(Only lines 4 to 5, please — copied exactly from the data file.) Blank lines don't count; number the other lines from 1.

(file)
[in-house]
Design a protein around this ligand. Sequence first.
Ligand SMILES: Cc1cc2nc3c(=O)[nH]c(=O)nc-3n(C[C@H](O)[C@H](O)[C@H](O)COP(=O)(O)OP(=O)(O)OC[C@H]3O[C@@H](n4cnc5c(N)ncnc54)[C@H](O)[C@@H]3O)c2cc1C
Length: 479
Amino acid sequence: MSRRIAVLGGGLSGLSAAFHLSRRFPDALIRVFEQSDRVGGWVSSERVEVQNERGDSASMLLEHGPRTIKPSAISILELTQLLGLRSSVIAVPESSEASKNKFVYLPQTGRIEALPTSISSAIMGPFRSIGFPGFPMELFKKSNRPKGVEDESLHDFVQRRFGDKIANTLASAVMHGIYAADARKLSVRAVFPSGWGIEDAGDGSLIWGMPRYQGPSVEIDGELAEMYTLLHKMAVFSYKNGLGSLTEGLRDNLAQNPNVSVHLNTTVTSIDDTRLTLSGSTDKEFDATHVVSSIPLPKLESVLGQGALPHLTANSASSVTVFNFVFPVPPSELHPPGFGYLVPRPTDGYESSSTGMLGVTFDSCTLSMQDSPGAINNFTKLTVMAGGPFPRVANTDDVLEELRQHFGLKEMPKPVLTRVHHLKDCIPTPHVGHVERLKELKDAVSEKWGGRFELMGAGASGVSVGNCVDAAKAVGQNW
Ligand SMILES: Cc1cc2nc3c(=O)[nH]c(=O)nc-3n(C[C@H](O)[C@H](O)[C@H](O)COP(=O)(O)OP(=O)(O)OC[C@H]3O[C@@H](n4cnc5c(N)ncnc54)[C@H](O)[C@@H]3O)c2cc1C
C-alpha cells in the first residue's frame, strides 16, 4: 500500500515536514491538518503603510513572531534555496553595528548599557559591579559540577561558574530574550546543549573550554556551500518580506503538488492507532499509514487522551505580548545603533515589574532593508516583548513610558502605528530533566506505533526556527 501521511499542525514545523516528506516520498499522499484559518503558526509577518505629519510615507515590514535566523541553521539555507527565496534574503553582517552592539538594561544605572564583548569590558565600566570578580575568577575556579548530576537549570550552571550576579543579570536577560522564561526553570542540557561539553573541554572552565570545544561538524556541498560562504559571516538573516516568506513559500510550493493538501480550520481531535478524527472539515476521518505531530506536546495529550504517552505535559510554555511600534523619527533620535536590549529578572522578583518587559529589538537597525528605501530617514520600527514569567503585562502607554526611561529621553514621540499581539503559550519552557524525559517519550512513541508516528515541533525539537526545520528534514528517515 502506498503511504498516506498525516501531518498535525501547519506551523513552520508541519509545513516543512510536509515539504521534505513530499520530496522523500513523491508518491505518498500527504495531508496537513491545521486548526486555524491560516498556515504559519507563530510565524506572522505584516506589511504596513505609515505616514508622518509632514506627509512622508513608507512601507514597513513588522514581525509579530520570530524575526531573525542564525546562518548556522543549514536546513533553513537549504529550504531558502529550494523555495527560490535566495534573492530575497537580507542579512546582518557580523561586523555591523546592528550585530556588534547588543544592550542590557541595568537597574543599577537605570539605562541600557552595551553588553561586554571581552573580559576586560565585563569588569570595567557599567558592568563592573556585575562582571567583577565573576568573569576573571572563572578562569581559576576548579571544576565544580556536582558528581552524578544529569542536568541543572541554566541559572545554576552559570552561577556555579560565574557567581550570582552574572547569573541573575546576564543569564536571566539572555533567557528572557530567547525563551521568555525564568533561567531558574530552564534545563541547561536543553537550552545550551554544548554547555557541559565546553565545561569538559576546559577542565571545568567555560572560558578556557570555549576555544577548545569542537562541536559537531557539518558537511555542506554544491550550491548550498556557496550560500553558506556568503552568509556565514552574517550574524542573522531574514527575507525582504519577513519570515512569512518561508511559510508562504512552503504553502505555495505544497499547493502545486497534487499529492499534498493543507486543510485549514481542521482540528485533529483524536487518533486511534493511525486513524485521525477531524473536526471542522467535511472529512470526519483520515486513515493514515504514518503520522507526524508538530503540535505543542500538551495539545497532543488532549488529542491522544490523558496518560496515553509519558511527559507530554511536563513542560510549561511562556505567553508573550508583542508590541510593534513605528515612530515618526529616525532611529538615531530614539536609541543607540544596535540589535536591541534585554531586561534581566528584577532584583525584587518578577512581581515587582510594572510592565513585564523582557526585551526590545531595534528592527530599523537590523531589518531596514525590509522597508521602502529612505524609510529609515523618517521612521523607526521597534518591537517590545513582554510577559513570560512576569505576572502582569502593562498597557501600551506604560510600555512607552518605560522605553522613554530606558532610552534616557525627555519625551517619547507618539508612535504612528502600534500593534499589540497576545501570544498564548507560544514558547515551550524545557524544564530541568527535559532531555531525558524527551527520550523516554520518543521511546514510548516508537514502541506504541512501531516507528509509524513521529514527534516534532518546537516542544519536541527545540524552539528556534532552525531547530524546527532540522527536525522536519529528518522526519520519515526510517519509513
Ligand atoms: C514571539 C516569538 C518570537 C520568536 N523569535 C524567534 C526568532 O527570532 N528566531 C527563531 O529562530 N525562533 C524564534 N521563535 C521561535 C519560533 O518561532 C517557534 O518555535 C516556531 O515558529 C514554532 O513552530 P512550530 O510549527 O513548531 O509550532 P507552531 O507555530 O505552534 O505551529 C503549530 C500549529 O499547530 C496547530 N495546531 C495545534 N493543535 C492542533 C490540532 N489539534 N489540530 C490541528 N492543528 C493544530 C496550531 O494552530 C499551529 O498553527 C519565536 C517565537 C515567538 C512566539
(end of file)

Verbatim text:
Length: 479
Amino acid sequence: MSRRIAVLGGGLSGLSAAFHLSRRFPDALIRVFEQSDRVGGWVSSERVEVQNERGDSASMLLEHGPRTIKPSAISILELTQLLGLRSSVIAVPESSEASKNKFVYLPQTGRIEALPTSISSAIMGPFRSIGFPGFPMELFKKSNRPKGVEDESLHDFVQRRFGDKIANTLASAVMHGIYAADARKLSVRAVFPSGWGIEDAGDGSLIWGMPRYQGPSVEIDGELAEMYTLLHKMAVFSYKNGLGSLTEGLRDNLAQNPNVSVHLNTTVTSIDDTRLTLSGSTDKEFDATHVVSSIPLPKLESVLGQGALPHLTANSASSVTVFNFVFPVPPSELHPPGFGYLVPRPTDGYESSSTGMLGVTFDSCTLSMQDSPGAINNFTKLTVMAGGPFPRVANTDDVLEELRQHFGLKEMPKPVLTRVHHLKDCIPTPHVGHVERLKELKDAVSEKWGGRFELMGAGASGVSVGNCVDAAKAVGQNW